The Rangers have stumbled out of the holiday break.
In a game where both teams needed to shake off the rust from the Christmas layoff, the Blueshirts were shut out for just the second time this season in a 4-0 loss to the Capitals on Tuesday night at Madison Square Garden. Puck bounces and penalty calls may not have gone their way, but at the end of the day, it doesn’t matter if the Rangers don’t score.
This was one of those games in which the referees’ presence was felt. One phantom call after the next, followed by one missed call after the next. Zero consistency and zero precedent, however, are the ways of NHL officiating. This is nothing new. It just happened to have a notable impact on Tuesday’s matchup.
A slashing penalty was called on one of the Rangers’ top penalty killers, Ryan Lindgren, in the first period on a play the defenseman wasn’t even near. Chris Kreider’s soft takedown of Alex Ovechkin 21 seconds later probably had more to do with the Capitals star than it did Kreider.
Still, Washington made the five-on-three advantage count and pulled ahead 1-0 at 8:44 of the opening frame.
Then there was Erik Gustafsson slashing Julien Gauthier’s stick and skates, causing the Rangers forward to fall to his knees on his move to the net in the second period. No call was made, but the play did briefly go under review to ensure the puck didn’t cross the goal line at any point.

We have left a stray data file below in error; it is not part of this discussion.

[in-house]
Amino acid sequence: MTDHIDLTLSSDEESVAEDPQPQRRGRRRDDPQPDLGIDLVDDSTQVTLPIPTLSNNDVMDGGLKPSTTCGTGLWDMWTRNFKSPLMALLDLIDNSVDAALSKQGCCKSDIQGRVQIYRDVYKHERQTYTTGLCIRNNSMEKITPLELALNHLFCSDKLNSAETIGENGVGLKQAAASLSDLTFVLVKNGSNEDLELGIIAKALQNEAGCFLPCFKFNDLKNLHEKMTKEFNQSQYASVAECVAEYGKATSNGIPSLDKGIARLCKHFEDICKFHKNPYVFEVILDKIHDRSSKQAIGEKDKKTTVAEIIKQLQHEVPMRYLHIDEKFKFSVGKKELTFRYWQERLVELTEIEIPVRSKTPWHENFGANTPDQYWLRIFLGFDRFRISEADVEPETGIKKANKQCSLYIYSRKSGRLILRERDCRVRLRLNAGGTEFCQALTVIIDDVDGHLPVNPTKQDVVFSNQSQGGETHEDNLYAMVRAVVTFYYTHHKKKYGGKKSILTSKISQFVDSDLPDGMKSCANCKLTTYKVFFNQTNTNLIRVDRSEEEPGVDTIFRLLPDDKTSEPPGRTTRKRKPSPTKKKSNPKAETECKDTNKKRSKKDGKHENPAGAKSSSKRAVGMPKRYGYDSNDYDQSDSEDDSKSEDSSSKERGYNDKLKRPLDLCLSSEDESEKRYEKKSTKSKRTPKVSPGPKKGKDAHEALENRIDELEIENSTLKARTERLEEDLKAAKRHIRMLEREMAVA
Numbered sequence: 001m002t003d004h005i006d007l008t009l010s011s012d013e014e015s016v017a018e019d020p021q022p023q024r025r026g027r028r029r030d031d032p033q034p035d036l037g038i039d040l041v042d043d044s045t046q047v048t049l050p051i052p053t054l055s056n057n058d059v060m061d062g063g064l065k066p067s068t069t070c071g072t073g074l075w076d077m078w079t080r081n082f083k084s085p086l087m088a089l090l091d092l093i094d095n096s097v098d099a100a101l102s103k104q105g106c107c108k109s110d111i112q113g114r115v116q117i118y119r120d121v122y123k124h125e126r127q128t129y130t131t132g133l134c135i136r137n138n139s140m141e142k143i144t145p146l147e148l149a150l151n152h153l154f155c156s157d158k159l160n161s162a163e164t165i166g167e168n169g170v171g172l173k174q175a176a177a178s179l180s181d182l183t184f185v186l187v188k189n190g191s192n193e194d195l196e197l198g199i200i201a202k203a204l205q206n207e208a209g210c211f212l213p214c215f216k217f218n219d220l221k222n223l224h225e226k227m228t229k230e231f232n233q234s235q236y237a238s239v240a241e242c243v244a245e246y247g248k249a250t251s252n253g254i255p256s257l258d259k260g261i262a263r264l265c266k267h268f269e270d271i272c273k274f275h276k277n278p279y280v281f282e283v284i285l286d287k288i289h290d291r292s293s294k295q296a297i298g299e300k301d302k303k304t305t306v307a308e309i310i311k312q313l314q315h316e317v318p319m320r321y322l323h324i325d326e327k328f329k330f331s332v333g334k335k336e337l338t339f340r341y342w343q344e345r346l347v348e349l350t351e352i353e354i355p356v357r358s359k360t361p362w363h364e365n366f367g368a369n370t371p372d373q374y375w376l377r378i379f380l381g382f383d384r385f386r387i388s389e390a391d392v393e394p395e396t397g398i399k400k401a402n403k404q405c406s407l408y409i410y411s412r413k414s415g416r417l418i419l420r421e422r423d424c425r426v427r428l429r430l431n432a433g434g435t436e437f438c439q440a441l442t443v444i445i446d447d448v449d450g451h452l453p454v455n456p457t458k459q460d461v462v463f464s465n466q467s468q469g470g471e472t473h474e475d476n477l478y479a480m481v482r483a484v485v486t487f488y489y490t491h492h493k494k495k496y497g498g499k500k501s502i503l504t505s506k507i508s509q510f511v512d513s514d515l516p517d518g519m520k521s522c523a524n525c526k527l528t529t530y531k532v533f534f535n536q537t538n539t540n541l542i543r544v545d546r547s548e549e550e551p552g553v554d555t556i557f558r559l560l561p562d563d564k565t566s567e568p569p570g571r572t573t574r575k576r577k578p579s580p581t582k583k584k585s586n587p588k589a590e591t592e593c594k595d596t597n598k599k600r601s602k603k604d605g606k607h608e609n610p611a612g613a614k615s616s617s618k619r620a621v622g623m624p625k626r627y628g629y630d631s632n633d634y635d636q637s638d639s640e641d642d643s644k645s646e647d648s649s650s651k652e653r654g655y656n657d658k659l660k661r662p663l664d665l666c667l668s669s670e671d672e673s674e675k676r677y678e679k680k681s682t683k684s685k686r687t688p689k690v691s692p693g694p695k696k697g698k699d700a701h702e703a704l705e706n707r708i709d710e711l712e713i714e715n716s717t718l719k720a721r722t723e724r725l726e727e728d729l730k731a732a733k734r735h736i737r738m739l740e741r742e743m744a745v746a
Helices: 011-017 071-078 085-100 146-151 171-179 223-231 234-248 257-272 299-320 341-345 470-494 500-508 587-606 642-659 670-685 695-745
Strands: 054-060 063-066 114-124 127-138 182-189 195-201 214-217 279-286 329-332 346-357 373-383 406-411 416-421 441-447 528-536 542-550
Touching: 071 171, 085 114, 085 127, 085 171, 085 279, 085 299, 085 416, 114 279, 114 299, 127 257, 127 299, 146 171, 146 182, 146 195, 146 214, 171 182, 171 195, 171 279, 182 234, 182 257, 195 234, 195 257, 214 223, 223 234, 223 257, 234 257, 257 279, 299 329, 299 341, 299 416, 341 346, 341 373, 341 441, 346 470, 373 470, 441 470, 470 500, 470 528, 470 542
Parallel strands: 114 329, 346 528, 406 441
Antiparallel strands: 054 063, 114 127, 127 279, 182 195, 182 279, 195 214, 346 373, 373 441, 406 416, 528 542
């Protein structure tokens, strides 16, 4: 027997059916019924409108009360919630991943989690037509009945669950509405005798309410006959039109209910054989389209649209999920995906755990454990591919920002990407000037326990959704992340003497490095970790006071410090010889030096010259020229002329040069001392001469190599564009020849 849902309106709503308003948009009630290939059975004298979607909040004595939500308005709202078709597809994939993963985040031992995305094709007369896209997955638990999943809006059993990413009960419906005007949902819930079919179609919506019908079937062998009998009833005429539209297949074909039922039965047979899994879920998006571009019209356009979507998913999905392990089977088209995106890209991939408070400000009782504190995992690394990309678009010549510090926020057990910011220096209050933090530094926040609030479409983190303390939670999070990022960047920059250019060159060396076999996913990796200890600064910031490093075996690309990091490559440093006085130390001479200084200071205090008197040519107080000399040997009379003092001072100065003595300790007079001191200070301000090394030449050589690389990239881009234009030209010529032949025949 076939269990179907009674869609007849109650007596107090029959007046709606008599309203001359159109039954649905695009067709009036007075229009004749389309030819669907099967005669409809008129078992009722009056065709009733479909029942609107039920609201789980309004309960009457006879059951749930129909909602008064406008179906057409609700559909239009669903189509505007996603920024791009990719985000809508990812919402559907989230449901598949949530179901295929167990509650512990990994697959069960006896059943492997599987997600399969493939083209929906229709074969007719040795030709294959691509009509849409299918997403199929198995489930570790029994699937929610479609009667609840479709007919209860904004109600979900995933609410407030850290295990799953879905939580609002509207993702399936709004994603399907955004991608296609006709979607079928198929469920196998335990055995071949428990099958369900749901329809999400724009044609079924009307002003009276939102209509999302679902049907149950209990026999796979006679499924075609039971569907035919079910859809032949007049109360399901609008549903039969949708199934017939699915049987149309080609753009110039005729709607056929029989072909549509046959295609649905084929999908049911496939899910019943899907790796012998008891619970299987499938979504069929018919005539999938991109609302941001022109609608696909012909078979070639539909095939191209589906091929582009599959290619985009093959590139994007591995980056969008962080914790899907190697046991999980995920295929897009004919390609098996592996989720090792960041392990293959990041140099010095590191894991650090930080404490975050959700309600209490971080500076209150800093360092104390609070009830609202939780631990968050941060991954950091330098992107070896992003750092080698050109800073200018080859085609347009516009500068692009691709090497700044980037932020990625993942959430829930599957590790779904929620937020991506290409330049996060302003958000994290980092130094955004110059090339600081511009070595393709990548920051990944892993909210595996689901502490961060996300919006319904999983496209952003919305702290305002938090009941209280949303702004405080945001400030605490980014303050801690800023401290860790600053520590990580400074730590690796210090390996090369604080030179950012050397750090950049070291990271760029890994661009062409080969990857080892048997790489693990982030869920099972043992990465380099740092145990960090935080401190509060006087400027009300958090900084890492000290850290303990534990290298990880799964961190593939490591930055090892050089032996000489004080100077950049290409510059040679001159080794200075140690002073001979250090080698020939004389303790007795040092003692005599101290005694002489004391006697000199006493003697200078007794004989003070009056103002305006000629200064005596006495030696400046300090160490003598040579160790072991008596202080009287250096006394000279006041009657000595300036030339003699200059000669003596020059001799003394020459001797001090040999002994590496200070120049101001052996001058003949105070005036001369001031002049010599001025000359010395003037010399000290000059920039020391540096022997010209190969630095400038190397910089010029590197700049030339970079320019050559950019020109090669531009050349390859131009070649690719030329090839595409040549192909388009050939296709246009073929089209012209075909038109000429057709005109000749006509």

The most egregious officiating blunder of the evening was certainly on the Capitals’ second goal, which the Rangers challenged for goalie interference. Washington had the numbers in the offensive zone and Gustafsson buried the puck on a rebound while Conor Sheary clearly skated into the blue paint and made contact with Rangers goalie Igor Shesterkin’s pad.
Ref Michael Markovic skated to the center of the ice and proclaimed there was no contact.
Nevertheless, the Rangers didn’t do themselves any favors, either.
When Capitals defenseman Dmitry Orlov was called for tripping Mika Zibanejad 32 seconds into the middle frame, which was barely a trip, the Rangers couldn’t capitalize despite three shots on goal. Washington later made it 3-0 after Lars Eller skated right down the middle of the ice among four Rangers skaters and went completely untouched.
The Capitals, who were without T.J. Oshie (lower-body injury and John Carlson (upper-body injury), won the special teams battle, whether the power plays were warranted or not. Despite Lindgren and Kreider pushing back on the slashing and holding calls that were called on them in the first period, respectively, Washington still capitalized all the same with the two-man advantage.
Jacob Trouba fumbled the puck and it took an unfortunate bounce right toward the goal line. Capitals forward Marcus Johansson finished it off for the 1-0 lead.
On the other hand, the Rangers went scoreless on the five power-play chances. Three of those stretches with the man-advantage came in the final 20 minutes, one of which after the Rangers pulled Shesterkin for the six-on-four edge. On that one, Sheary sent the puck the length of the ice into the empty net for the shorthanded tally.
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